Part of the Village

This week I went to my grandnephew’s kindergarten graduation. There’s just all kinds of weird in that sentence alone. Children. Family. Social Event. Inclusion.

The school is K-12, laid out in a campus of what reminded me of Morton buildings—low-slung, metal barns. Here’s the south side of my sister as we make our way to the auditorium building

While I’m not one to follow the endless flow of depressing national news, I am invested in Oklahoma’s educational woes.  A January report in Education Weekly ranked Oklahoma schools 47th in the nation with teachers’ salaries ranked 49th.  Teachers went on strike in April, and while the state passed a bill to raise salaries slightly, it neglected to fund the bill.  It never addressed other issues like the lack of program funding and huge class sizes

Teachers are leaving the state like psychiatrists left Iowa, fed up with a system that cares very little about the end-user or those who provide for them.

Oktah, my grandnephews’ school, is considered better than average and receives a federal grant due to its number of low-income students. The superintendent, who spoke at Zane’s graduation ceremony, asked parents and friends to stay involved. More than ever, it seems, it takes a village.

So, I was verklempt, watching my one out of forty-eight kindergarteners dance, sing and use sign language to proclaim his new status.  So was my sister, the retired teacher.

I don’t know if I can help him or his older brother.  Volunteering has always ended up a bipolar casualty.  But I’m staying open to ways I might be part of that Village, even if it’s just being another grown-up (in closer proximity now) who will listen and answer their questions.

You never know the effect of just showing up. That’s something I can do.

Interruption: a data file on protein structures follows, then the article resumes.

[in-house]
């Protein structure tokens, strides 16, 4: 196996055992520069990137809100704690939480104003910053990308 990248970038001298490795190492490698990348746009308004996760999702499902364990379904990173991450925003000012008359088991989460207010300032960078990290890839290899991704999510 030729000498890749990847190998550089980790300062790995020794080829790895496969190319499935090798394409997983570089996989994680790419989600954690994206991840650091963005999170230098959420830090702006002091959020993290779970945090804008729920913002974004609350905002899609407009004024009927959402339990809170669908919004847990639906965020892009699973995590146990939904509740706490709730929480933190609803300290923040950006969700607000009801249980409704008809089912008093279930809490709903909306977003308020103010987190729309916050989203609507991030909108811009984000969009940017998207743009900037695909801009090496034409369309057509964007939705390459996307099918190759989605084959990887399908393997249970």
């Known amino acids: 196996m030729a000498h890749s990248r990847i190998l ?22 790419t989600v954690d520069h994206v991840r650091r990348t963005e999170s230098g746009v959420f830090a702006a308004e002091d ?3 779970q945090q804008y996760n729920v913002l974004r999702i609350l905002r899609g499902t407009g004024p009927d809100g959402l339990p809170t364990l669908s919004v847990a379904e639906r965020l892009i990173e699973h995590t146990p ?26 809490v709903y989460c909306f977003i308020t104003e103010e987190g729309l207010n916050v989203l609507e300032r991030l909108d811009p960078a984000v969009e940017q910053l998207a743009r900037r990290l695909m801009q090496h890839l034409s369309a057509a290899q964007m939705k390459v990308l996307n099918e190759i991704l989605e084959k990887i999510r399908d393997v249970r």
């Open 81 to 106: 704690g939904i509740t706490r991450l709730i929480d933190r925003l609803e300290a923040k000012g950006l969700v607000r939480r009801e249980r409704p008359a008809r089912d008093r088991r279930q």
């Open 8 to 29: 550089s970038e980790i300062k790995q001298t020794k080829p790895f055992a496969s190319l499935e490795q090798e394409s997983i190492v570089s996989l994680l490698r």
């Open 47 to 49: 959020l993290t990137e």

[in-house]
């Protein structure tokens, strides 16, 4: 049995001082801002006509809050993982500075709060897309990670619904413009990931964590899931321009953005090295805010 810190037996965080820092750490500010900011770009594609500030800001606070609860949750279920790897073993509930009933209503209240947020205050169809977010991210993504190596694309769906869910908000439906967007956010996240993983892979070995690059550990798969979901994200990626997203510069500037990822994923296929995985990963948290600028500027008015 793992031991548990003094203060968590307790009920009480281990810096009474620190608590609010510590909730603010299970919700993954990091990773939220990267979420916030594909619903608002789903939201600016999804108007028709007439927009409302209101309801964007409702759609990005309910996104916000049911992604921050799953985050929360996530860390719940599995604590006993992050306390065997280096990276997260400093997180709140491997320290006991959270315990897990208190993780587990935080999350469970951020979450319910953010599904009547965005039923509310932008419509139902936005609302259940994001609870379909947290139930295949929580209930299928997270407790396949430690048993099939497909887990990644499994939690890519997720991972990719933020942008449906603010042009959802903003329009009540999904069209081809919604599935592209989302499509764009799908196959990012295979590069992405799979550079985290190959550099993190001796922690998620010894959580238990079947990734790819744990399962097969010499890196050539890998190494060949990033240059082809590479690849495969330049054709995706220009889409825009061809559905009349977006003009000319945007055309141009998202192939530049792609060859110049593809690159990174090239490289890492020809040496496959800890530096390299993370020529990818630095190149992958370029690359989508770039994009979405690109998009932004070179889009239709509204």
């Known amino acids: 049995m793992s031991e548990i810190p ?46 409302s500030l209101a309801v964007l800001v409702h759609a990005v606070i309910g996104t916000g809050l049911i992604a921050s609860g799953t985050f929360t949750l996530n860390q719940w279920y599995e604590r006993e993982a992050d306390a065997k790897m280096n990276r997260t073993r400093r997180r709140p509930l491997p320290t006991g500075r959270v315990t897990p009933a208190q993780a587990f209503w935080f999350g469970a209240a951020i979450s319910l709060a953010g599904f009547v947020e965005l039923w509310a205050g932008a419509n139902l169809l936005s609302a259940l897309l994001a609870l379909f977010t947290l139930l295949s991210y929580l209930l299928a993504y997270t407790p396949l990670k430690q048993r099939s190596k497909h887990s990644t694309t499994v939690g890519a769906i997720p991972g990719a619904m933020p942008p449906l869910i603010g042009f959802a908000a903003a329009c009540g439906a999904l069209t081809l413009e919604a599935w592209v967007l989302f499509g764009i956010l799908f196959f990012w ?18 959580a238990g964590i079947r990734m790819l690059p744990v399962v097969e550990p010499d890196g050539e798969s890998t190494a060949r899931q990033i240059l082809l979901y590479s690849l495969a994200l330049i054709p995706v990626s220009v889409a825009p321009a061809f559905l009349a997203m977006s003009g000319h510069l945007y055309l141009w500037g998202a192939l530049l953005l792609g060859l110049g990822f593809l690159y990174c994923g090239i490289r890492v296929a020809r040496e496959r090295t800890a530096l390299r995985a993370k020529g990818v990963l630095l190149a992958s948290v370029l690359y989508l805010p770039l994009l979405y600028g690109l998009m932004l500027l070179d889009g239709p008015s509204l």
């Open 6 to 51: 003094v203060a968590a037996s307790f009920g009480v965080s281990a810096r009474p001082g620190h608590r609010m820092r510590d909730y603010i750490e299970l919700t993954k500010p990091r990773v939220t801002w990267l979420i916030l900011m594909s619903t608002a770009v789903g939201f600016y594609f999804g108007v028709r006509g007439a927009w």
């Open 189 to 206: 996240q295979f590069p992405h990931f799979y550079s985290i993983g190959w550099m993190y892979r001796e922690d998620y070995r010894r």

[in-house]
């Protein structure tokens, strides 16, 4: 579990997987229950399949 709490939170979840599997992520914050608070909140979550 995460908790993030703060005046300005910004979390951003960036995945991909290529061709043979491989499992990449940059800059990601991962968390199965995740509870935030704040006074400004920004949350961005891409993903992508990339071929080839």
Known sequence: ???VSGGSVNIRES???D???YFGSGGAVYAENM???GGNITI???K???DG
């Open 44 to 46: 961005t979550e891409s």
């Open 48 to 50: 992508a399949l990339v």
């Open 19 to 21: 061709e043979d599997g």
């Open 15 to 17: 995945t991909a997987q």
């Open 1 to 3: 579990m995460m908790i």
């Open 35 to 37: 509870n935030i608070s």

7 Comments (+add yours?)

  1. Lyn
    May 13, 2018 @ 15:10:55

    Being there is important. My kids will never be able to complain that we missed their games , concerts, Tae Kwon Do graduations, etc. We won’t be the “no shows” in their lives. They may say they hate us sometimes, but if we are ever late to a game, one of them calls to make sure we are coming. That invisible cord is tied tighter than we realize.

    Reply

  2. David Kanigan
    May 13, 2018 @ 16:24:44

    And do well!

    Reply

  3. Littlesundog
    May 19, 2018 @ 08:45:46

    I have found a special niche in just being present to listen to nieces and nephews even though all of them are in other states, and most are adults now. I write or call, and if need be I travel to support them. My generation and my parent’s generation, seems to have not been present in the past, while these young people were in their formative years. I see that we dropped the ball then, and I’m determined to be there for them now. It matters now how or when, but that we are there NOW for them.

    The recent past and current governing folks have been some of the worst here in Oklahoma. The problems are vast – and you’re right, it does take a Village to change things!

    Reply

    • Sandy Sue
      May 19, 2018 @ 11:29:03

      I SO appreciate your perspective, Lori. I’m a little afraid to put myself out there for these two boys as I don’t have a great track record of being available or consistent. But I’m determined to TRY.

      Reply

Leave a Reply

Fill in your details below or click an icon to log in:

WordPress.com Logo

You are commenting using your WordPress.com account. Log Out /  Change )

Google+ photo

You are commenting using your Google+ account. Log Out /  Change )

Twitter picture

You are commenting using your Twitter account. Log Out /  Change )

Facebook photo

You are commenting using your Facebook account. Log Out /  Change )

Connecting to %s

Blog Stats

  • 152,199 hits
%d bloggers like this: